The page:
Background: The authors hypothesized that the ability of volatile anesthetics to relax airway smooth muscle (AWSM) depends on: 1) the agonist used to produce muscle contraction, 2) the preexisting level of contraction, and 3) the volatile anesthetic used. Methods: To test the first hypothesis, isolated strips of canine trachealis muscle were precontracted with acetylcholine (ACh), McN-A-343 (McN, another muscarinic agonist), 5- hydroxytryptamine (5HT, a different receptor agonist), or potassium chloride (KCl, which induces contraction by cell depolarization) to 50% of maximal force, then exposed to halothane (0.2-1.6 MAC). To test the second and third hypotheses, other strips were precontracted to 25, 50, 75, and 100% of maximal force with ACh, or to 10, 30, or 50% of maximal force with KCl, and were then exposed to halothane or isoflurane (0.2-1.6 MAC). Results: For AWSM contracted to 50% of maximal force, the amount of relaxation produced by halothane depended on the agonist used to elicit contraction in the following manner: 5HT = McN > ACh; the muscles contracted with KCL did not relax. For ACh-induced contractions, the absolute amount of relaxation produced by halothane did not depend on the level of precontraction. In muscles contracted with KCl, the volatile anesthetics caused significant relaxation only in muscles contracted to 10% of maximal force. Overall, halothane had a significantly greater relaxing effect as compared with isoflurane during ACh- mediated contractions; the effects of the two agents did not differ significantly during KCl-mediated contractions. Conclusions: When canine AWSM tone is increased by contractile agonists in vitro, the absolute amount of relaxation produced by halothane depends on the agonist used to elicit contraction, but not the degree of precontraction. In addition, there are small but significant differences between the effects of halothane and isoflurane on ACh-mediated contractions.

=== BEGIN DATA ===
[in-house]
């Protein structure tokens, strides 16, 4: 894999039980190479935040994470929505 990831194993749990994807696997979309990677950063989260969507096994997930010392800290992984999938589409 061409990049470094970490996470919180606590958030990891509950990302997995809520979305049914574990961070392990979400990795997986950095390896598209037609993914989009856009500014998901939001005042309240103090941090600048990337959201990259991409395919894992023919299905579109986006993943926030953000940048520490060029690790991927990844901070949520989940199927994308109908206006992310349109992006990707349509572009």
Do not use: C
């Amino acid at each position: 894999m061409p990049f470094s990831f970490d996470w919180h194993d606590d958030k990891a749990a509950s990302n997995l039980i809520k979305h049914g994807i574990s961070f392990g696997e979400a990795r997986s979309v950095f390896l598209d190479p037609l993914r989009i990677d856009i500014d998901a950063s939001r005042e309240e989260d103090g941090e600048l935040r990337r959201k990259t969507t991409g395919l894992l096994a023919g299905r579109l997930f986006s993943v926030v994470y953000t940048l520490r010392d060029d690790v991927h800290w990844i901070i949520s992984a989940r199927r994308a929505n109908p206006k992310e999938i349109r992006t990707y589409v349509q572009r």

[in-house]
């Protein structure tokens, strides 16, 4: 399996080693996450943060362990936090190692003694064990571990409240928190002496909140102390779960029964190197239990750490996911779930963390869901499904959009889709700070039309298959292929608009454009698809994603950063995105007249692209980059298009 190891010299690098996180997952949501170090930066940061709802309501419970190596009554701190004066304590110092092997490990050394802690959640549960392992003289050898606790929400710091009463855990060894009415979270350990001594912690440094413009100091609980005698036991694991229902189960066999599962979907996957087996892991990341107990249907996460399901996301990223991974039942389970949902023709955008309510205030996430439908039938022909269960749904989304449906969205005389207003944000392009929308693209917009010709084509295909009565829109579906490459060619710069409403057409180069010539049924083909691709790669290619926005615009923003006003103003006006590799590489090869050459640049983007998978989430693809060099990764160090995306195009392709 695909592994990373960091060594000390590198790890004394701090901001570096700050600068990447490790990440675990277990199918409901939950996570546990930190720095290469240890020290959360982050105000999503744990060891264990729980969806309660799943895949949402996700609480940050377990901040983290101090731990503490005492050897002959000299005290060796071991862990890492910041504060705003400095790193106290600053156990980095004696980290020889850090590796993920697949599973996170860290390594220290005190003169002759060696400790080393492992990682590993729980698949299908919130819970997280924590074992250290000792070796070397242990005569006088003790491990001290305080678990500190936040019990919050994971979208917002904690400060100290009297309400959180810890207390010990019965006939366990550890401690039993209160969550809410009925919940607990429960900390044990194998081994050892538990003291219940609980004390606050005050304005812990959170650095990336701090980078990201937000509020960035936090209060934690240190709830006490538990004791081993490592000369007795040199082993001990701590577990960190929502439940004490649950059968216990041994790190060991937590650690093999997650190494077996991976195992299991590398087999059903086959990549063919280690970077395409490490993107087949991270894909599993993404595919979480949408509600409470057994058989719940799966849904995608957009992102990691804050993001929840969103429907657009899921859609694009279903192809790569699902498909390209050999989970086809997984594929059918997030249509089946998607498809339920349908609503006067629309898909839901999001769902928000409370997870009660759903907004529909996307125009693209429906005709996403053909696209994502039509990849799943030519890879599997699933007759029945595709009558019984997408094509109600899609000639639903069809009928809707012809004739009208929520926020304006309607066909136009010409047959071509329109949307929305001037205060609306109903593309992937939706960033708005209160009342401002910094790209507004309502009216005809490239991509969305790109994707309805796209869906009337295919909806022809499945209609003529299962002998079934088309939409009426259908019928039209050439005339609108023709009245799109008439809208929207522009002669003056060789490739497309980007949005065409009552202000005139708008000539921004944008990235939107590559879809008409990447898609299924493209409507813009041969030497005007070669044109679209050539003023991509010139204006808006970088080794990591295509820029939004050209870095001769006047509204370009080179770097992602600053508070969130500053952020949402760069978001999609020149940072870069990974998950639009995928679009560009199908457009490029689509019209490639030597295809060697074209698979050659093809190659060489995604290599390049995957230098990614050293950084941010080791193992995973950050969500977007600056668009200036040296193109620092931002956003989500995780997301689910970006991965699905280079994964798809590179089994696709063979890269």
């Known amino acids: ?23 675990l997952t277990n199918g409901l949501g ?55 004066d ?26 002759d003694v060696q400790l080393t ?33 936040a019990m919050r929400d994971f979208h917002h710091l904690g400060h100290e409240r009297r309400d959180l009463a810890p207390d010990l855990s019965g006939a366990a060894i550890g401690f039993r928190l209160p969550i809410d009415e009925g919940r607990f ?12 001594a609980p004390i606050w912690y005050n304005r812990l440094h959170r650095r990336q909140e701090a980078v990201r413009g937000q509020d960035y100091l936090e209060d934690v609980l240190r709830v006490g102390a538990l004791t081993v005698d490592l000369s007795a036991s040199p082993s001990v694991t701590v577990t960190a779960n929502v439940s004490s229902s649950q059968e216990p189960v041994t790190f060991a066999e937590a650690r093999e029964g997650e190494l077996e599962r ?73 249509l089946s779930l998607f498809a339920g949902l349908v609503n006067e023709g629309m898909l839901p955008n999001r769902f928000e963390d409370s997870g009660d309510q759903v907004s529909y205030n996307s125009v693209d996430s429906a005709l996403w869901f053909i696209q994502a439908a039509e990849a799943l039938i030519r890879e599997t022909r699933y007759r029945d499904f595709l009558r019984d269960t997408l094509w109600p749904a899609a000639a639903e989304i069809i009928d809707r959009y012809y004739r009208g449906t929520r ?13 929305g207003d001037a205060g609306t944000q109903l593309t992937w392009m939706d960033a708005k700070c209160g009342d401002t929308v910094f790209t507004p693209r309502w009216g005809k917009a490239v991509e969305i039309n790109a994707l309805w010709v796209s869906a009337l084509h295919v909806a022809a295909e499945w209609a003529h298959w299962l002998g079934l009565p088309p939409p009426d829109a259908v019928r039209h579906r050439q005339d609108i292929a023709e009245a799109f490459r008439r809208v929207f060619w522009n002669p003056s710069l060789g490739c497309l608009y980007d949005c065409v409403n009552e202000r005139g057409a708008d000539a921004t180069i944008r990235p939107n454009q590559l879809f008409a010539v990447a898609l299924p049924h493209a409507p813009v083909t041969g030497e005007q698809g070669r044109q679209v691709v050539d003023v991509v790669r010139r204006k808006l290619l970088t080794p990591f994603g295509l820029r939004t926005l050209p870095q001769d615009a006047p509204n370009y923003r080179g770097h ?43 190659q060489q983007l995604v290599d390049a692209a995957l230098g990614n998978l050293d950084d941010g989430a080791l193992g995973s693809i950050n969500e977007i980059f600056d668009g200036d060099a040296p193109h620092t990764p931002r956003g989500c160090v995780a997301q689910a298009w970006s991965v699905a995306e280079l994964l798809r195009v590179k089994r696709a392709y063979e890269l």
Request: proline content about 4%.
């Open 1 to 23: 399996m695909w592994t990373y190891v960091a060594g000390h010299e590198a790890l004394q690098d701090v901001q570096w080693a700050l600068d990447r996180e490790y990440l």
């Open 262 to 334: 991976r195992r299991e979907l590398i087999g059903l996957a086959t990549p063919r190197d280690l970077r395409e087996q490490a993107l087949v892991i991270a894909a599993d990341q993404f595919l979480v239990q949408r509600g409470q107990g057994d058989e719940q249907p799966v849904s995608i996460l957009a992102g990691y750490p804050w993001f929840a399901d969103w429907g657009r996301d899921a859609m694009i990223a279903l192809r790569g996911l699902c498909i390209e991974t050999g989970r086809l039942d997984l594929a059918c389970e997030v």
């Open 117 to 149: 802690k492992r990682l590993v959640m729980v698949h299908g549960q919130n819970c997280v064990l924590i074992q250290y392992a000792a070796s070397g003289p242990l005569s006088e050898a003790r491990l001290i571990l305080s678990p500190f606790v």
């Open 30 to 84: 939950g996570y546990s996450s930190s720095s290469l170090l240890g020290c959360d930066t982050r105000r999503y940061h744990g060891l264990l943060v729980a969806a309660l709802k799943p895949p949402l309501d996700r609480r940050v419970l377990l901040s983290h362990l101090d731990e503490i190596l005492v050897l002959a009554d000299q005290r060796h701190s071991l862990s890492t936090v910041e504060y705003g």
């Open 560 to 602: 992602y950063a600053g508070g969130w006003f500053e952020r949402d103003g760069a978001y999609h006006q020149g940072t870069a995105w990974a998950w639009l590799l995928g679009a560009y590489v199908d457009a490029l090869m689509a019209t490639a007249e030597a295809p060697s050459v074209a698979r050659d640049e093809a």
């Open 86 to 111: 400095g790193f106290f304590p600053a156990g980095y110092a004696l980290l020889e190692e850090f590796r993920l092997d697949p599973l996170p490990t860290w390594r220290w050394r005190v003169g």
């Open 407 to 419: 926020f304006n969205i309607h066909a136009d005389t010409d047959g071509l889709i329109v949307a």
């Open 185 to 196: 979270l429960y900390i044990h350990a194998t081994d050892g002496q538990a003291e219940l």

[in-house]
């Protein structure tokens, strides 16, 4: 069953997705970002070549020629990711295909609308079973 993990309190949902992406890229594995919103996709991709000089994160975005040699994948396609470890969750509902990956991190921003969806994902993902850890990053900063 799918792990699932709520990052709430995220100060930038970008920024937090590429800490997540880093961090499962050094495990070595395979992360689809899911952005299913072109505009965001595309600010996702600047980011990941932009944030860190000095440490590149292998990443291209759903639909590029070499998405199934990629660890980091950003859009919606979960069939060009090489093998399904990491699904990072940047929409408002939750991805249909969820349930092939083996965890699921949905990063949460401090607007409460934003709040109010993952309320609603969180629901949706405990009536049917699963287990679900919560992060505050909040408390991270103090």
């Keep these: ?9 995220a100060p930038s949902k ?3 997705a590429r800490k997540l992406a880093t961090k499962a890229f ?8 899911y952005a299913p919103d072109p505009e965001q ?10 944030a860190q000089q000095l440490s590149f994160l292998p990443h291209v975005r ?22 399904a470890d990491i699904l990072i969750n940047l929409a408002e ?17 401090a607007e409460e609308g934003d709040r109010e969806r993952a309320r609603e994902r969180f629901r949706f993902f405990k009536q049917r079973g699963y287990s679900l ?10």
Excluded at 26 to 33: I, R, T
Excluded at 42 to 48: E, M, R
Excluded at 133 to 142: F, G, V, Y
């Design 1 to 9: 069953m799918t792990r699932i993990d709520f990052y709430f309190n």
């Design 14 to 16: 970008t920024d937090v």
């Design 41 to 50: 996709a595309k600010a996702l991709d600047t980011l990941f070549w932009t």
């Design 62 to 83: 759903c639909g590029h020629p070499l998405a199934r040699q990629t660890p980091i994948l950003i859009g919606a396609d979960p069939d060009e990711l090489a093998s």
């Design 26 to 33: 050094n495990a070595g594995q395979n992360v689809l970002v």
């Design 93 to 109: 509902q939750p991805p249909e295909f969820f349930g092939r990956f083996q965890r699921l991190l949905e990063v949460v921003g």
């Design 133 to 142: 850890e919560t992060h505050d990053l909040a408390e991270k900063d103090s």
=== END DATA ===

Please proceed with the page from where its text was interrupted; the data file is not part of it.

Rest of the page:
- Anesthetics, volatile: halothane; isoflurane
- Lung, bronchus: bronchoconstriction
- Lung, trachea: canine; smooth muscle
- Muscle, smooth: airway; trachea
ASJC Scopus subject areas
- Anesthesiology and Pain Medicine